For better or worse, teaching defines who teachers are. Schools can shape teachers as much as teachers can shape a school. Our schools, then, also become who we are. So when a teacher decides to leave a school, it is almost like they are losing a piece of who they are.

A colleague told me, when I talked to her about switching schools, that teachers can’t be martyrs for their students. Ultimately, we have to do what is best for us. I agree. The issue is since our city has many issues (hyper-segregation, lack of democracy in our schools, police violence, intra-community violence, resource theft), if we all did what was best for us, many of us would want to leave Chicago.  As teachers, I believe there must be a balance between our willingness to stay and fight for our students, our schools, and our city, and our own mental health.

Despite my own personal and professional reasons for switching schools, it is still true that CPS, and especially on the South Side, schools experiences extremely high levels of teacher turnover. A 2009 University of Chicago Consortium on School Research study found that a hundred CPS schools, many of them with majority-Black student populations, lose at least a quarter of their teaching staff every year due to reasons like “principal leadership, teacher collaboration, [and] student safety.” Losing twenty-five percent of a teaching staff per year causes many issues. Students feel like they are the reason that their teachers leave them, and will refuse to allow themselves to get close to their teachers because of the likelihood that their teachers won’t be there the next year. According to the report, having to rehire a quarter of the staff every year also leads to the hiring of “inexperienced, less effective teachers” and can also “produce a range of organizational problems for schools, such as discontinuity in professional development, shortages in key subjects, and loss of teacher leadership.” Why is it okay for certain schools, many of which serve Black and Brown students, to have teachers with little experience, while others have more experienced teachers? What would schools like the one that I am leaving need to make sure teachers are supported and want to stay?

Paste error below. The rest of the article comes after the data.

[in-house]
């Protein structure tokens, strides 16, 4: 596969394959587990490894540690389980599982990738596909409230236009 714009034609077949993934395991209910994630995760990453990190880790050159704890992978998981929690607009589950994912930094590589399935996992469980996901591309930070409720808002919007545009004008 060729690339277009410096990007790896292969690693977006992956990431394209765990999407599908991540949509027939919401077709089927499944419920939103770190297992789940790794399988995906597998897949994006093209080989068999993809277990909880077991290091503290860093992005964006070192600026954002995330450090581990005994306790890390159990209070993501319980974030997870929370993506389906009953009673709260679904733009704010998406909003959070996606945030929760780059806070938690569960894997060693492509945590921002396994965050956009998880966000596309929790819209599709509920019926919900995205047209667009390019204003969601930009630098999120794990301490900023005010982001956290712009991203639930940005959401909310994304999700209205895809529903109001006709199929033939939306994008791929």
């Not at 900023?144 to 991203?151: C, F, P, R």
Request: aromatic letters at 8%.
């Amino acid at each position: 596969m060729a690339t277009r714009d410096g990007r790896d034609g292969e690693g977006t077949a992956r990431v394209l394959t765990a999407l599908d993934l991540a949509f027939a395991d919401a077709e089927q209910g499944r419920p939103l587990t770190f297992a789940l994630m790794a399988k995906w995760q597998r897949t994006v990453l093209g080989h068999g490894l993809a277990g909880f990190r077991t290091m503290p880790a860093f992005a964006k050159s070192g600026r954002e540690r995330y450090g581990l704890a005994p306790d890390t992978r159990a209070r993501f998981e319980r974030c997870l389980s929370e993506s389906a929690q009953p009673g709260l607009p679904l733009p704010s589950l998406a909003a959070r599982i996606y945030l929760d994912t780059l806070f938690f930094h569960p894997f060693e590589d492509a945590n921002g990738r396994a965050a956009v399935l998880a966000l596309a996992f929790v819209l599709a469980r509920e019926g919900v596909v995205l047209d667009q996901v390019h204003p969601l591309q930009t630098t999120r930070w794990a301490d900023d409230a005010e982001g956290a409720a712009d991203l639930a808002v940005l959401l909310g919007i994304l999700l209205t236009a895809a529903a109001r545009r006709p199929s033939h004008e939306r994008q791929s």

Ultimately, CPS needs to solve the rampant issues it has with inequality in resources and support for the sake of not only its students but also its teachers. Every school deemed “Level 2” should get twice the support of every school deemed “Level 1.” To make this happen, I am not saying we take from one school to give to another, but rather to get funding from other items in the city budget. One of the largest chunks of the budget is policing, which takes up forty percent of the city’s operating budget. Schools and the communities that they serve need resources, not more cops. There is currently $95 million slated for a new cop academy on the West Side, which many activists from the community have organized against.